When completing a Software Performance Report (SPR) form, please 
describe only one problem at a time to simplify record-keeping and to 
facilitate a speedy response. 

User problems are often difficult to reproduce in a different 
configuration, so please help us by defining as precisely and as 
simply as possible the state of the system when the problem occurred. 
Illustrate a general problem with one or more examples. When an SPR 
contains concise information about a problem's context, we are more 
likely to reproduce it accurately, and therefore more likely to 
correct it. In addition, please ask simple and direct questions so 
that we can answer them clearly and directly. When you refer to a 
manual, specify the full title and the appropriate section, table, or 
page number . 

When reporting problems that involve DIGITAL-supplied software, please 
supply the following information {on a machine-readable medium if 
possible) : 

• A copy of the Executive task-build map if the problem involves 
a system crash, 

• A copy of the system's Executive configuration file RSXMC.MAC, 

• The console output from CRASH and a Panic Dump listing. 

• The version numbers of relevant software and information about 
patches or fixes made to the task image in question, 

• The task termination console output (if appropriate) if the 
problem involves a system utility, as well as a map if the 
task image differs from that distributed. 

• Any available information about the reproducibility of the 
problem. 

If a system failure occurs while running privileged, add-on software, 
such as DECNET, XYDRV, etc., you should try to reproduce the failure 
with the additional software not installed. Then, on your SPR, be 
sure to indicate clearly the behavior of the system with and without 
the add-on software. Without this information, the maintainers 
probably will not be able to reproduce your problem. 



RSX-llM/RSX-llS RELEASE NOTES 

1.3 Unsupported Software 

As a courtesy to our customers, DIGITAL is supplying the object 
libraries and command files to build three tasks that are normally 
available only through DECUS. These are: 

1. TECO - a character-oriented editor, 

2. RUNOFF - a text-processing program, and 

3. SRD - a program that produces sorted directory listings. 

This software is not supported by DIGITAL but is supplied to provide 
additional useful capabilities. Documentation of these three programs 
is available only through DECUS. 

These utilities may be built by the SYSGEN3 indirect command file, 
which is fully documented in the RSX-llM System Generation Manual . 



1.4 Applying Corrections to Released Software 

There are several ways to make corrections to released software: 

• At the source level, using the Source Language Input Program 
(SLP) , 

• At the object level, using the Object Module Patch Utility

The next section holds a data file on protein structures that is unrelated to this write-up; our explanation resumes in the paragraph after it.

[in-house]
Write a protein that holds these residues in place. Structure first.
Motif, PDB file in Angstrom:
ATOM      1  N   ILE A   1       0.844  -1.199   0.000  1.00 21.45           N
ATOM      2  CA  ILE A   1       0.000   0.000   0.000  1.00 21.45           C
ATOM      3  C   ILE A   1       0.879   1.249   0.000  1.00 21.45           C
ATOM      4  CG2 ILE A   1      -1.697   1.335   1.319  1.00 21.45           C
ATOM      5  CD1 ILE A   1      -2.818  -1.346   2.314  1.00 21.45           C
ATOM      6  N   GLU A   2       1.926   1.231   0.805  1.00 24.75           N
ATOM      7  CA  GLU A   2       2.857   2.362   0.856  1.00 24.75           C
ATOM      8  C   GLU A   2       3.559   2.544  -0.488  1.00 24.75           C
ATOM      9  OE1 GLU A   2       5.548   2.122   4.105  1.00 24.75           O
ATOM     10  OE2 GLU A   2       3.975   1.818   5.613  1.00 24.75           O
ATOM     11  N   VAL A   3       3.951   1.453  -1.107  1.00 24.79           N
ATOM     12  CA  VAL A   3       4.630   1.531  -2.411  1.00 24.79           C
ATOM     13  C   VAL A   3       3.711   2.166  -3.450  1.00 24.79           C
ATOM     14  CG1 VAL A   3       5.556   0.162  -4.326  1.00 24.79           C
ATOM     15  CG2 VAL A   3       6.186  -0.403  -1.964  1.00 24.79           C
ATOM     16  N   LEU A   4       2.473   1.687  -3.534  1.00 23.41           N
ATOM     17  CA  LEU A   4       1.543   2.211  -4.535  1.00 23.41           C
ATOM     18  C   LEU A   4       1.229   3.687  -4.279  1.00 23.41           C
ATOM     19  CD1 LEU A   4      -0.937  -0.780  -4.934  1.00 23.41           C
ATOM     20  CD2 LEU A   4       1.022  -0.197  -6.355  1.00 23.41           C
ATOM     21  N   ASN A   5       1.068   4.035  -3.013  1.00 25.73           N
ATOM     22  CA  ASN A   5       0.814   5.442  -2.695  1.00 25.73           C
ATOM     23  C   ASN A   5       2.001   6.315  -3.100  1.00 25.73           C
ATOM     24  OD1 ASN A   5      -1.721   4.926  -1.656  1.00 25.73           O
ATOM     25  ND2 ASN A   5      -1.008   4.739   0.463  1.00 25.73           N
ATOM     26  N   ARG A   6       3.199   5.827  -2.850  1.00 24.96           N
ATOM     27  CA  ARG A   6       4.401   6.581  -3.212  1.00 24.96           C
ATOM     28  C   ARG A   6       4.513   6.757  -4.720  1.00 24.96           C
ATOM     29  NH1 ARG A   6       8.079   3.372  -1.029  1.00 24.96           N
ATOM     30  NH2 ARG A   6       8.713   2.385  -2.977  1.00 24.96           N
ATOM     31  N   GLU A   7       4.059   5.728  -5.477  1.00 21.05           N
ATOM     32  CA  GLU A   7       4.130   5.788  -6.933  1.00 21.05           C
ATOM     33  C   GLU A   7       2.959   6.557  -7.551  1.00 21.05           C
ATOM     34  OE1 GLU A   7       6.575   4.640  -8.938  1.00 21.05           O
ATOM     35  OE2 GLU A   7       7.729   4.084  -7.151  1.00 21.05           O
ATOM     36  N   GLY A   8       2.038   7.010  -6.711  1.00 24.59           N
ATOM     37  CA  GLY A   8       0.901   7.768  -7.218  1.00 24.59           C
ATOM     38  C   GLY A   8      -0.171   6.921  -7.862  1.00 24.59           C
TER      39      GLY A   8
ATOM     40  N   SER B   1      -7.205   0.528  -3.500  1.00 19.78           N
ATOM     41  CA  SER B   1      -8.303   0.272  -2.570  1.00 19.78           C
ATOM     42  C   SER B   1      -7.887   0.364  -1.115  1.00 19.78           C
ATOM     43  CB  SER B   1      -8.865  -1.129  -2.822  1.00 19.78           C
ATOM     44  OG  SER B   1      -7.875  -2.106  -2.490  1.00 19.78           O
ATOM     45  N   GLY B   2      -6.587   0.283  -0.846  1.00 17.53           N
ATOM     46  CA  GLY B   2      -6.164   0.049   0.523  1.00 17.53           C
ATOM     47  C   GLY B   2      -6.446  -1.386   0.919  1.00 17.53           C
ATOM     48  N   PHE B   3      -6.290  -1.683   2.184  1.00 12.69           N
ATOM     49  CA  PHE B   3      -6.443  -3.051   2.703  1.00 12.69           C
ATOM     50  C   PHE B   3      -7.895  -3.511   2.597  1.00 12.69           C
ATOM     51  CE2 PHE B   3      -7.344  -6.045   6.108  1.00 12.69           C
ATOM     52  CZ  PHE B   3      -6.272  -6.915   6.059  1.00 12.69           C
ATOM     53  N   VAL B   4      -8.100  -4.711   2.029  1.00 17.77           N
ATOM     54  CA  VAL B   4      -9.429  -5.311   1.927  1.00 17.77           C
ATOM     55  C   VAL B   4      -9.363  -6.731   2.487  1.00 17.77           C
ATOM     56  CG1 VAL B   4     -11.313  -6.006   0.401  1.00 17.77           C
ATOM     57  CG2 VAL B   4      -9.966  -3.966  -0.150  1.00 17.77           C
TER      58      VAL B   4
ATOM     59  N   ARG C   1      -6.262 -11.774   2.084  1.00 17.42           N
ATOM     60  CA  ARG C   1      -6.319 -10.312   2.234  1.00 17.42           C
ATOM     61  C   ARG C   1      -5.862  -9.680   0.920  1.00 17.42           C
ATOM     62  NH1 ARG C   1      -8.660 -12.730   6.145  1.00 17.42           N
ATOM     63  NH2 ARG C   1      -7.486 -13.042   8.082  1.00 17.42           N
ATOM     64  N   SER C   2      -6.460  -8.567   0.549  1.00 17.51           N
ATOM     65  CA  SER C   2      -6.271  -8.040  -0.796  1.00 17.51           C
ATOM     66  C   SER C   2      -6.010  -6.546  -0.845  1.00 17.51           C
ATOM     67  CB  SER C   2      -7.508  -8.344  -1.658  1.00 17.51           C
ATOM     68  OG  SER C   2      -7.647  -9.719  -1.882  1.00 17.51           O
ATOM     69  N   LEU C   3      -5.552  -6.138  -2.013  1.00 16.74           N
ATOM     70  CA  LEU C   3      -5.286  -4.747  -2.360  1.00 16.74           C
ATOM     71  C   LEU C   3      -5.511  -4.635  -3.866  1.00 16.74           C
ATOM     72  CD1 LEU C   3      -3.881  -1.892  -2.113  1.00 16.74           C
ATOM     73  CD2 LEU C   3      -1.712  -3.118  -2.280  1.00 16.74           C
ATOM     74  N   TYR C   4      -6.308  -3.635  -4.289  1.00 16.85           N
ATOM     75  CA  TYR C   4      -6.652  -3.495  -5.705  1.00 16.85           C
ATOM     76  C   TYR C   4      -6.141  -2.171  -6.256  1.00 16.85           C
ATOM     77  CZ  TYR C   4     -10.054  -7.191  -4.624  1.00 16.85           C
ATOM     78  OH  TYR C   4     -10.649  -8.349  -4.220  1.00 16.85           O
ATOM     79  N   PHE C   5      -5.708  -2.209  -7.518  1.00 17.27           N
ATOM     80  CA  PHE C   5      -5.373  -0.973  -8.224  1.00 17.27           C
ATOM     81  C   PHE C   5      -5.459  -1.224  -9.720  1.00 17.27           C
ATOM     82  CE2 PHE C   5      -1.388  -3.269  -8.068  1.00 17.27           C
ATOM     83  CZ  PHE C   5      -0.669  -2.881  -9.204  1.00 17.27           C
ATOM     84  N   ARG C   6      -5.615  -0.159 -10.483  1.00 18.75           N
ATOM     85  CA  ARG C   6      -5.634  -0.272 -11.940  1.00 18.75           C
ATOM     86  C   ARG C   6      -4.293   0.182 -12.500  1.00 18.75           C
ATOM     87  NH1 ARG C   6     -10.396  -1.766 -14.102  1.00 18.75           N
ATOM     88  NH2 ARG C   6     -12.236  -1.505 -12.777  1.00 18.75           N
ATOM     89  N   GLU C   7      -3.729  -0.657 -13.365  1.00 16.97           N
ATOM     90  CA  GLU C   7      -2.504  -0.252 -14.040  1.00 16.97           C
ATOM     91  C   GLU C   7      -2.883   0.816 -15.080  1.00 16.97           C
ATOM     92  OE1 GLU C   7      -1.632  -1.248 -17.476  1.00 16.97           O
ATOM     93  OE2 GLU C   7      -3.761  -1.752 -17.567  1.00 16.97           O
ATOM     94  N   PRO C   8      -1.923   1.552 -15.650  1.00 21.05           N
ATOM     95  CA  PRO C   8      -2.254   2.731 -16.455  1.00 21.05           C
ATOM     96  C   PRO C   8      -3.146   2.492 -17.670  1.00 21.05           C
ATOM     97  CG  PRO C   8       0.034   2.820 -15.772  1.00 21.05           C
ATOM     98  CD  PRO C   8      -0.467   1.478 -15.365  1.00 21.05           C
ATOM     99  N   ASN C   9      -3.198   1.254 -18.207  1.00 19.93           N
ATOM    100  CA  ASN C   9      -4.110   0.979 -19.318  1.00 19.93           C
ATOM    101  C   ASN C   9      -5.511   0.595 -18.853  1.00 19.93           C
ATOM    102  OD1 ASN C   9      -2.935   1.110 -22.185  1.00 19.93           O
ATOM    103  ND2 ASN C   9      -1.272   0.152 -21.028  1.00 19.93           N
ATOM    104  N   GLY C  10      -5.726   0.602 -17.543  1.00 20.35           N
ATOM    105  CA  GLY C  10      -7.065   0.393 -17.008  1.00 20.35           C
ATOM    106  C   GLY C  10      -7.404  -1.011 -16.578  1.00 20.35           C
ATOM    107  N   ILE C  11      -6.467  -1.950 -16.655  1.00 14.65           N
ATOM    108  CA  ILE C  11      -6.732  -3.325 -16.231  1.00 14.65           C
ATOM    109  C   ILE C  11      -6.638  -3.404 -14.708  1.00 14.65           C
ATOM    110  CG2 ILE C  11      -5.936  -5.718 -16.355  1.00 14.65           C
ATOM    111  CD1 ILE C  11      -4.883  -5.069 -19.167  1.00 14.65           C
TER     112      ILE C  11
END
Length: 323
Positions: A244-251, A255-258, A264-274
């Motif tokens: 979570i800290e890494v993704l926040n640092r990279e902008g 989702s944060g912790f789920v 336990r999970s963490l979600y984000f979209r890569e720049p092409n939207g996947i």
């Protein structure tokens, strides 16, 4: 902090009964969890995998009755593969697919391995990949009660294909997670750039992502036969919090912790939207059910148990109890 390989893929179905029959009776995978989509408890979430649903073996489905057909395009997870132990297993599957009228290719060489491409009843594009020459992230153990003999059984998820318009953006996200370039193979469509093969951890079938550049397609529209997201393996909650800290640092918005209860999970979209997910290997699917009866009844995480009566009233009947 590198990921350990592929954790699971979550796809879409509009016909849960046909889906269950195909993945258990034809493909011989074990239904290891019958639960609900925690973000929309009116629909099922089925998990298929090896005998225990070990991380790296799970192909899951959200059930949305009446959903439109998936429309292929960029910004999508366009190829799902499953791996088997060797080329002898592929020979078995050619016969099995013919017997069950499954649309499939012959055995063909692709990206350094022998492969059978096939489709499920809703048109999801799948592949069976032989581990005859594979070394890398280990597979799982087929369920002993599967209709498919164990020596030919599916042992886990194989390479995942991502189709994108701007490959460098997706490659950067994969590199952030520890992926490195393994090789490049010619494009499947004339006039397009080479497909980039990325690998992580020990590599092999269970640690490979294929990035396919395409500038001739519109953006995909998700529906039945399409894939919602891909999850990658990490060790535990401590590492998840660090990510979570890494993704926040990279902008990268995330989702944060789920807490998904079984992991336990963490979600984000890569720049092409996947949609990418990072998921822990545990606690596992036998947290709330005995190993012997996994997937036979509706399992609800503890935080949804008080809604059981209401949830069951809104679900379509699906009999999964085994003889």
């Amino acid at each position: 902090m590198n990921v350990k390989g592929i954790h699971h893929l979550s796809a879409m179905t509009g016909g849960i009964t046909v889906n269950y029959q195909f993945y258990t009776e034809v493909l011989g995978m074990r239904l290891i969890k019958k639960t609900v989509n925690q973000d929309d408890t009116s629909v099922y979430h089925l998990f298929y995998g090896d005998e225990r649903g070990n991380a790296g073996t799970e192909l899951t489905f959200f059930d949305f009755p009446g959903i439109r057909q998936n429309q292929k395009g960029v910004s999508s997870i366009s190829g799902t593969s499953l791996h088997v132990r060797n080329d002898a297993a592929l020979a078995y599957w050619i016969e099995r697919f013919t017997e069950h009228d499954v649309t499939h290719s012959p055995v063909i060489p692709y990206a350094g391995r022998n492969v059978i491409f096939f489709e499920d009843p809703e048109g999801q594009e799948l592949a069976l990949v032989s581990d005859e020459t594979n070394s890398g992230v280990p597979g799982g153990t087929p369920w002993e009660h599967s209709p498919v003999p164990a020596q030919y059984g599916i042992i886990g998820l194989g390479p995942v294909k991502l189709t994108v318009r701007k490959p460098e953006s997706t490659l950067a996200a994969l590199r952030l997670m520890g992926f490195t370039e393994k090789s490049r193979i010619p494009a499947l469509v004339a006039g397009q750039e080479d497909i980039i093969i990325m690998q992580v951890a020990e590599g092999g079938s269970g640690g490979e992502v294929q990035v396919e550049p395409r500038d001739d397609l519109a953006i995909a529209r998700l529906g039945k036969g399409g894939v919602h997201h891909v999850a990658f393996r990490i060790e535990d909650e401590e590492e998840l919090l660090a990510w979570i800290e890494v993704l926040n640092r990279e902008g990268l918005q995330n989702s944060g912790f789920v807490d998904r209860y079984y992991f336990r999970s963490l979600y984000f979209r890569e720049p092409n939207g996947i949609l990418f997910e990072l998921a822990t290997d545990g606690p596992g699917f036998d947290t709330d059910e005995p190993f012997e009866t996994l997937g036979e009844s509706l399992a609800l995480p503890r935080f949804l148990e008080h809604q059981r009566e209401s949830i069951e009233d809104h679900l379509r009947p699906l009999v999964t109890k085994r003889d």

(PAT) , and 

• At the task image level, using the Task/File Patch Utility 

(ZAP) . 

All three methods require the user to adhere to the following rules: 

• Never delete the unmodified, distributed version of the file 
unless you have a copy. The distributed version is always the 
base to which corrections are applied. 

• Never delete the correction file; this file contains an 
accumulation of all corrections made to the distributed file, 
but if disk space is at a premium, store all correction files 
on separate media. 



1.4.1 Applying Corrections to Files on the Source Disk - Interim 
changes to the Executive, MCR, and the file system (FllACP) are made 
by creating correction files to be processed by the Source Language 
Input Program (SLP) . SLP uses these files to generate a new copy of 
the modules that contained the errors by applying the corrections to 
the distributed source file. SLP is fully described in the RSX-11 
Utilities Procedures Manual . 

Once the corrections have been applied and a new version of the file 
has been obtained, DO NOT delete the original source file. All 
interim changes are cumulative and are based on the contents of the 
distributed sources. 

The diverse distribution media for RSX-llM make it impractical to 
provide a comprehensive set of examples for applying source 
corrections. The examples provided are intended to illustrate the 
general techniques and files to be used. They assume a privileged 



RSX-llH/RSX-llS RELEASE NOTES 

user executing on a multiuser, mapped, dual RK05-based system with the 
dual RK05 distribution kit. 

If you have a single RK05 system, disk-to-disk transfers using PIP 
must be made usin" FLX in two steps? (1) transfer from RK05 to 
secondary storage medium, then (2) transfer from secondary storage 
medium to the target RK05. If you are not using a multiuser system, 
you do not allocate and deallocate devices. If your system disk is 
large {RK06, RP02, RP03, RP04, RP05, or RP06) , it contains all the 
necessary files, and disk-to-disk file transfers are not required. 

To update an Executive source file (e.g., ABCDEF.MAC) , mount the disk 
labeled EXECSRC and create a SLP correction file named ABCDEF.COR in 
the UFD [11,40]. Then, running under UIC [11,10], submit the file to 
SLP. For example, to update REQSB.MAC, you could follow this 
sequence : 

>TIM mm/dd/yy hh:mm 
>SET /UIC=[11,40] 
>ALL DKl: 
>MOU DKl: EXECSRC 
>ASN DK1:=SY: 

>EDI REQSB.COR 

[CREATING NEW FILE] 
INPUT 



*EX 
[EXIT] 

>SET /UIC=[11,10] 

>SLP @[ 11, 40] REQSB.COR 

> 

If the updated Executive module in your system is not a loadable